I actually enjoyed this book so much I just may go read it all over again. And if you want to read something interesting and important that was created out of the only force that matters and on which we all need to focus more of our attention during this lifetime, dare I say, so should you.

So, what are you waiting for? Go get yourself a copy, fix yourself a tea or coffee, get cozy, and start reading Love Warrior today.

Perhaps you’ve already read Love Warrior? If so, I’d love to hear your thoughts. Please feel free to leave a comment below.

My Satya: To Be Among the Young at Heart

Satya is the Sanskrit word for thruthfulness. Truth is a commodity I value highly, probably because I’m a terrible liar. That’s why, as much as possible, I try to live by The Four Agreements, and make a point of being impeccable with my word.

But lately when thinking of satya or truth, I’ve been contemplating what “my truth” is. Although I’ve been pondering the subject for quite some time, along with studying Patanjali’s Eightfold Path of Yoga everything suddenly became so clear when I came across the following image. I’d say it was definitely a sign!

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Yup, that’s right. I just don’t want to grow up.

I’m not referring to denying reality or shirking my grown-up responsibilities. I’m talking about reveling in simplicity and finding solace by heeding the unexpected wisdom of childlike innocence.

In sharp contrast to the prevailing theme in our society that insists children should grow up as quickly as possibly, I believe there’s both magic and freedom to be found in approaching life more like I did when I was young.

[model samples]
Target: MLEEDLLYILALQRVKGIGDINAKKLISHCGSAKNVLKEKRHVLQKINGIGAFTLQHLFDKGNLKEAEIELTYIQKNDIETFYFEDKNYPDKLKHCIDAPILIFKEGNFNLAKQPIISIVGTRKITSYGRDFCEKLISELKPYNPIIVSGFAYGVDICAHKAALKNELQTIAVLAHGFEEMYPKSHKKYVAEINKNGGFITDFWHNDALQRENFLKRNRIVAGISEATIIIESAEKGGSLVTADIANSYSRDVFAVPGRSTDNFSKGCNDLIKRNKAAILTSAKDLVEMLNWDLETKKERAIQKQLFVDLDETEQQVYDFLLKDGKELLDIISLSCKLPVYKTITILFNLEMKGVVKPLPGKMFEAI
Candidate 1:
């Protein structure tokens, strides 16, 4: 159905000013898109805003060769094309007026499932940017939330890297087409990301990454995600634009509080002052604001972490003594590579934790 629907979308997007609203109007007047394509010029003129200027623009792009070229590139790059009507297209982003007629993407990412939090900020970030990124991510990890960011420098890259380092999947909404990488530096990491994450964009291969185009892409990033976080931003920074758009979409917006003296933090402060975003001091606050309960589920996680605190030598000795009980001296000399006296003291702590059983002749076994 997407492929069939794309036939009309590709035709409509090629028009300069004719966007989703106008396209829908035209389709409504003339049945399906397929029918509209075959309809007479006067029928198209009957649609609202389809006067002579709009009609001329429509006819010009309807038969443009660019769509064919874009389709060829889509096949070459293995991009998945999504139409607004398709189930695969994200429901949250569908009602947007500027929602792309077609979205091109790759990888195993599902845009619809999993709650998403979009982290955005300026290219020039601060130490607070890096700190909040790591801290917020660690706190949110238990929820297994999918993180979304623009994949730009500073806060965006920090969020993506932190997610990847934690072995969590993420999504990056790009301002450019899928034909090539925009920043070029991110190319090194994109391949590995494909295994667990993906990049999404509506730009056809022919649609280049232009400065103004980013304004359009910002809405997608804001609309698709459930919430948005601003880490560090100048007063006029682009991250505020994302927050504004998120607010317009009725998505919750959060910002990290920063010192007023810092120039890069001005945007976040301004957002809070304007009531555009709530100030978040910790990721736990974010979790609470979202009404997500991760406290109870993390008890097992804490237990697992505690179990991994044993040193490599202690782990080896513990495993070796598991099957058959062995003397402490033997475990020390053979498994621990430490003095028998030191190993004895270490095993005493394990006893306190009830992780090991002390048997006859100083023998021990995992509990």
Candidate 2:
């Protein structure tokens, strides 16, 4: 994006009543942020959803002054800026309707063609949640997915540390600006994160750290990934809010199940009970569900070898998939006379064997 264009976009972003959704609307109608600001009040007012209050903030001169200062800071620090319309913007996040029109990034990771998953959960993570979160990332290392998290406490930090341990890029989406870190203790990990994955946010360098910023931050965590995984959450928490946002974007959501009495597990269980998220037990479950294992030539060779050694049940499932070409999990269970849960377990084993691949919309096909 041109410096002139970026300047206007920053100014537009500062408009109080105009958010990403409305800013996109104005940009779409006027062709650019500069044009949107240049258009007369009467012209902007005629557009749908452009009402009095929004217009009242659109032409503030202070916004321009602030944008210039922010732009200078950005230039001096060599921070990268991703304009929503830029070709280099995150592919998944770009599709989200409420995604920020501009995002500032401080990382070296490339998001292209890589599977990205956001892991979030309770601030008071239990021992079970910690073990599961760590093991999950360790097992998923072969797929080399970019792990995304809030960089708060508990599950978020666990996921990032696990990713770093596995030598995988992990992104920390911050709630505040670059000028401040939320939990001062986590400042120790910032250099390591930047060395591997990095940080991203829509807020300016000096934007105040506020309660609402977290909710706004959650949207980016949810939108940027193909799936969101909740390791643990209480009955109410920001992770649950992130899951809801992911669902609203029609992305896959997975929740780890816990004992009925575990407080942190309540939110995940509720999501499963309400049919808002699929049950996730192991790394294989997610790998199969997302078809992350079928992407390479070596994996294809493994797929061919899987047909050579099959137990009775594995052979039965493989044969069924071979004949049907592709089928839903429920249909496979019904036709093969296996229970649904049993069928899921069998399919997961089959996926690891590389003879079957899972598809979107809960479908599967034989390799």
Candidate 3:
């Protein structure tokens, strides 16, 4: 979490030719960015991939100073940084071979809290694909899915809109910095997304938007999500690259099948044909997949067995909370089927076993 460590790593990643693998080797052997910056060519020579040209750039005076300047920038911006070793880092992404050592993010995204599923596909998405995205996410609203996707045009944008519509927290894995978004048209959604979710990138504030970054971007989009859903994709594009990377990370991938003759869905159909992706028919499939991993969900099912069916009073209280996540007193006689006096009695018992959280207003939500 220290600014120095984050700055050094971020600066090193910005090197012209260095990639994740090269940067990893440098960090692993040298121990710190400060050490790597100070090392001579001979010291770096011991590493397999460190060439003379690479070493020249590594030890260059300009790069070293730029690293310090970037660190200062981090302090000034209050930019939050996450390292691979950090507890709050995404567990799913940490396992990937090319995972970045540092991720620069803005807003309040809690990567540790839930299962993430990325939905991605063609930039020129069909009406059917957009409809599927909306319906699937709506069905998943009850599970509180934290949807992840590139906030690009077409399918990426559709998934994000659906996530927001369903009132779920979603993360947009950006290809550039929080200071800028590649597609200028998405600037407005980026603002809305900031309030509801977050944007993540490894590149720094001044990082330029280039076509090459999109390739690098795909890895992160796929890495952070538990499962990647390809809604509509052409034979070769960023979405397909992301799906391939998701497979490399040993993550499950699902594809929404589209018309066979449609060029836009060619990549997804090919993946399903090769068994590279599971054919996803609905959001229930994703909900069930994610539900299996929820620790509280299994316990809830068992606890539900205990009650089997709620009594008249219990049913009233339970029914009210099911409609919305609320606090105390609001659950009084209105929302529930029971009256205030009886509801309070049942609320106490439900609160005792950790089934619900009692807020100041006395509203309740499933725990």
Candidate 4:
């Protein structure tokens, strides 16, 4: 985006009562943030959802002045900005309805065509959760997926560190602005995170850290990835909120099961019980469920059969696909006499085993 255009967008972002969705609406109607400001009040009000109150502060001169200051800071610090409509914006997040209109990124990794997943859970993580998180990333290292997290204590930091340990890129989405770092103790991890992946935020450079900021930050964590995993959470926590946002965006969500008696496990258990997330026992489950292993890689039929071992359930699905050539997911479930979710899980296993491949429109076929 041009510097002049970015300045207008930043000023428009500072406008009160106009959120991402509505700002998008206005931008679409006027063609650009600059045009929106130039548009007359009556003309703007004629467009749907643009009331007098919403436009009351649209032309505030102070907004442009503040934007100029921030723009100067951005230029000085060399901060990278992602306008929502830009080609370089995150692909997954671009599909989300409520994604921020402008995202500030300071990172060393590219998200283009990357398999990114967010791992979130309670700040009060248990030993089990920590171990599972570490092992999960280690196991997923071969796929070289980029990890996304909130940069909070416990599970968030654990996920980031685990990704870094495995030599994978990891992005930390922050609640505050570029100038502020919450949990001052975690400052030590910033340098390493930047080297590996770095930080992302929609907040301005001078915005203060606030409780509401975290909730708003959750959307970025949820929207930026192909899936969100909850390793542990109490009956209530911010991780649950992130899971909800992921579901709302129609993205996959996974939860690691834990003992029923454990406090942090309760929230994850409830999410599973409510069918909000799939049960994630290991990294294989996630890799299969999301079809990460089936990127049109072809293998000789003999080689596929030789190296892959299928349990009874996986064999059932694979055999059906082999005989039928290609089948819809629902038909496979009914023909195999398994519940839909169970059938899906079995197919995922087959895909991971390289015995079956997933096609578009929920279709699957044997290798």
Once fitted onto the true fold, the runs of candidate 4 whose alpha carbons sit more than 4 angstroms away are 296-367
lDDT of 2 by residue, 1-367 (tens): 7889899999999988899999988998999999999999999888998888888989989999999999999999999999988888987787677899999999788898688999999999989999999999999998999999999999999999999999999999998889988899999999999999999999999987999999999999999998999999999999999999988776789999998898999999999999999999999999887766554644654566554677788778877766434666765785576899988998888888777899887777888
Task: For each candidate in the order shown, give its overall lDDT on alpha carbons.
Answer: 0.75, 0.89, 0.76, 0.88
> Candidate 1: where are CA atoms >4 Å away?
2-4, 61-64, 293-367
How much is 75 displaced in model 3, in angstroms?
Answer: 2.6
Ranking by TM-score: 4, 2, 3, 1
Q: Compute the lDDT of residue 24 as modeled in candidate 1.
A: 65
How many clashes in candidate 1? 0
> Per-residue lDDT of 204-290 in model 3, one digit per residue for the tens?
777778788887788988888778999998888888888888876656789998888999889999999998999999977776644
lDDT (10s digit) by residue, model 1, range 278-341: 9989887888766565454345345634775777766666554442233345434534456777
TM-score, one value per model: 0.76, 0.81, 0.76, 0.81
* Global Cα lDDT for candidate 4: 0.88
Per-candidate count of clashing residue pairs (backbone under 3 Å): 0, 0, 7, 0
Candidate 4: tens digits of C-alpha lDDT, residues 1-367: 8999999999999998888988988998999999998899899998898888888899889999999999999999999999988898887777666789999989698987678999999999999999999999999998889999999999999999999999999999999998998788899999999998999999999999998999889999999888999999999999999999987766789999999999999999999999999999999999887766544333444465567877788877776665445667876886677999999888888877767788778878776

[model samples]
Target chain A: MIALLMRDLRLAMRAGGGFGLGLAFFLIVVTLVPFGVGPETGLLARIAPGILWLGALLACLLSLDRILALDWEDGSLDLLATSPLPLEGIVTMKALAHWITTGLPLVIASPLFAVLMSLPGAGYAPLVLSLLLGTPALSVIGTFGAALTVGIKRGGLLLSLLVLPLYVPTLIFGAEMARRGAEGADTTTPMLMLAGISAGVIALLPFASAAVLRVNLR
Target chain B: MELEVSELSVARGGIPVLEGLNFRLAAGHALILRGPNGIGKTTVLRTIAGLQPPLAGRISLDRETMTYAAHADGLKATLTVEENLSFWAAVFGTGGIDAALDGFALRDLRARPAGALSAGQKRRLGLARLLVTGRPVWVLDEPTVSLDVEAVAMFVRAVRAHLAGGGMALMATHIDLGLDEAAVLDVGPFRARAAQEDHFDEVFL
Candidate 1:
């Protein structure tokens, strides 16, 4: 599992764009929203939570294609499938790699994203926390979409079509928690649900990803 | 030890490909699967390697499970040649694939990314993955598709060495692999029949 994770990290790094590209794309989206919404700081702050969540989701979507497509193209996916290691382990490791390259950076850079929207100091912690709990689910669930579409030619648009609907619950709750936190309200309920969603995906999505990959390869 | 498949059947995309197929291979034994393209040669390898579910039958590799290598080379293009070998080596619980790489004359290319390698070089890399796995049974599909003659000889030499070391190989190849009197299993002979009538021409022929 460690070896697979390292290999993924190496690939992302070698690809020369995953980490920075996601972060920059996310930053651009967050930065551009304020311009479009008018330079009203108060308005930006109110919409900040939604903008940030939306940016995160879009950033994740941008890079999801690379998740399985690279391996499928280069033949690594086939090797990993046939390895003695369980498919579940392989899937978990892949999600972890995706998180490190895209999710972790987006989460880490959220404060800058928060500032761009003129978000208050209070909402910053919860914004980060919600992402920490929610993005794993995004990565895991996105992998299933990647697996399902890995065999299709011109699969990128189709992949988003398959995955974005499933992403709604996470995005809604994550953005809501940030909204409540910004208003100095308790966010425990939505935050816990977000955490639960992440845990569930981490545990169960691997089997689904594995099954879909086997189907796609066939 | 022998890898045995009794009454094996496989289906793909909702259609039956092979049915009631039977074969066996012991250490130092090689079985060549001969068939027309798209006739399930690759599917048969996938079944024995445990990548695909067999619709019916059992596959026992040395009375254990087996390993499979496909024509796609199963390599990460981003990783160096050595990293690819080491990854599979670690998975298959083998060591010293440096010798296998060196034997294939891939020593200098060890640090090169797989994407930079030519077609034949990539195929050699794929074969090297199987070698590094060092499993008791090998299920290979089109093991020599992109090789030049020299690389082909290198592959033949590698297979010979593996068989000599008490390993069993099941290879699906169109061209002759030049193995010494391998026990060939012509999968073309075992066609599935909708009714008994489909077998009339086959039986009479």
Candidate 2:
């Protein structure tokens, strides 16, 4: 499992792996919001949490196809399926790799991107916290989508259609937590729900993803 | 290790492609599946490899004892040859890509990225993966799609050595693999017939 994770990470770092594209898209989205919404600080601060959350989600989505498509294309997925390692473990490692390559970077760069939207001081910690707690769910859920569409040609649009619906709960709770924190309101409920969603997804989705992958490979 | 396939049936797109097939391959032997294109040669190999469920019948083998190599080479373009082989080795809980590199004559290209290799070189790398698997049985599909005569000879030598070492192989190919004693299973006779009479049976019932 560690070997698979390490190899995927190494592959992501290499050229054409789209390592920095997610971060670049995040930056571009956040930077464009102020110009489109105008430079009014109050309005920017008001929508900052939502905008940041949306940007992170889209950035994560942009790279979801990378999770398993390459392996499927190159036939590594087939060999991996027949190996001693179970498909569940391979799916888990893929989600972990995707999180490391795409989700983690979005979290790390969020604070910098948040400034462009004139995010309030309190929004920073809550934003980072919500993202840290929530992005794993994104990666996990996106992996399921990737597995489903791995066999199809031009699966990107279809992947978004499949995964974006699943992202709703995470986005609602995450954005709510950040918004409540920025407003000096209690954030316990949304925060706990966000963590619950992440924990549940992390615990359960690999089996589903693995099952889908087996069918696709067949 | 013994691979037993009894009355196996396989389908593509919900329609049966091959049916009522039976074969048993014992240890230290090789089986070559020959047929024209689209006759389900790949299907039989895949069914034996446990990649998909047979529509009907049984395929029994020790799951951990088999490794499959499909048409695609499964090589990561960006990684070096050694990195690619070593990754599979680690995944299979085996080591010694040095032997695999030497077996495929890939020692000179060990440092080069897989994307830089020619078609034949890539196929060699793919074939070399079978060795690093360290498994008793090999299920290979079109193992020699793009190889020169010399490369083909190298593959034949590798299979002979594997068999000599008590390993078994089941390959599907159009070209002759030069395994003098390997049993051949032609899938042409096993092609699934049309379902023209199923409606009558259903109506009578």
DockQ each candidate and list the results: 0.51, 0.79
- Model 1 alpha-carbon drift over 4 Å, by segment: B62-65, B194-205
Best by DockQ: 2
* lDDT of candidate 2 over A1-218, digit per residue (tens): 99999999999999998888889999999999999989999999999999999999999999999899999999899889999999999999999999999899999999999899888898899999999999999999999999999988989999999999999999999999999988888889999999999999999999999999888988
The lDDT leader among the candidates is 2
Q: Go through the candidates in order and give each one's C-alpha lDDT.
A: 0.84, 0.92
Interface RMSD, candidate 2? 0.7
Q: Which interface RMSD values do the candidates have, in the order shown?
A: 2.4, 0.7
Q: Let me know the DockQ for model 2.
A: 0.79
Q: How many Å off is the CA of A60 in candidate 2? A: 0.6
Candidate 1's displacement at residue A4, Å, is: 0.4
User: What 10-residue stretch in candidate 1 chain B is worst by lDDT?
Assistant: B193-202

Waking from a beautiful slumber to dream and scheme, in the way one can only before being told it’s too risky, crazy, or too far out of reach.

Greeting the enormous possibility of each new day with unbridled curiosity and sparkling wide-eyed wonder.

Playing outside from sunup to sundown, drinking in the fresh air and digging up the earth.

Riding bikes and climbing trees and splashing in puddles after heavy rain.

Discovering the joy in everything—from rocks and insects to cloud formations and hoola hoops.

Relying on nothing more than sheer intuition and my five senses to explore the world and find my path through it.

Trusting that every day brings with it the promise of a new adventure.

Believing I can go anywhere, do anything, or be anyone I want to be.

Knowing that love, creativity, and imagination are the very best fuel for living an inspired and truly rewarding life.

These are the beautiful truths my heart knew when I was created. And these are the truths I must keep coming home to, especially when my heart feels broken and my spirit shattered.

Forgetting, even if just for a moment, all my hurt and invisible wounds, this is when I remember the truth of who I am. It is in these moments that my soul’s light shines forth through my smile for all to see, just like when I was young. This is how my heart breaks free of its cage, to be alive in this moment, for this moment is all there is.

I don’t even know what to say about all those years I poured so much energy into wishing I was older and wiser, because now I understand I no longer want to grow up. And in case I haven’t been clear, it’s not even remotely an age thing.

It has taken me some time, but it seems I’ve finally figured out what it is I want most. My truth, my satya, my intention is to allow my spirit to grow younger, and to remain for the rest of my days among the young at heart.

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I’m the cutie on the left, pictured here with my sister, Michelle. Circa 1980

Young at Heart
by Frank Sinatra

Fairy tales can come true
It can happen to you if you’re young at heart (young at heart)
For it’s hard, you will find
To be narrow of mind if you’re young at heart (young at heart)

You can go to extremes with impossible schemes
You can laugh when your dreams fall apart at the seams
And life gets more exciting with each passing day
And love is either in your heart or on it’s way

Don’t you know that it’s worth
Every treasure on earth to be young at heart (young at heart)
For as rich as you are
It’s much better by far to be young at heart (young at heart)

And if you should survive to a hundred and five
Look at all you’ll derive out of bein’ alive
And here is the best part, you have a head start
If you are among the very young at heart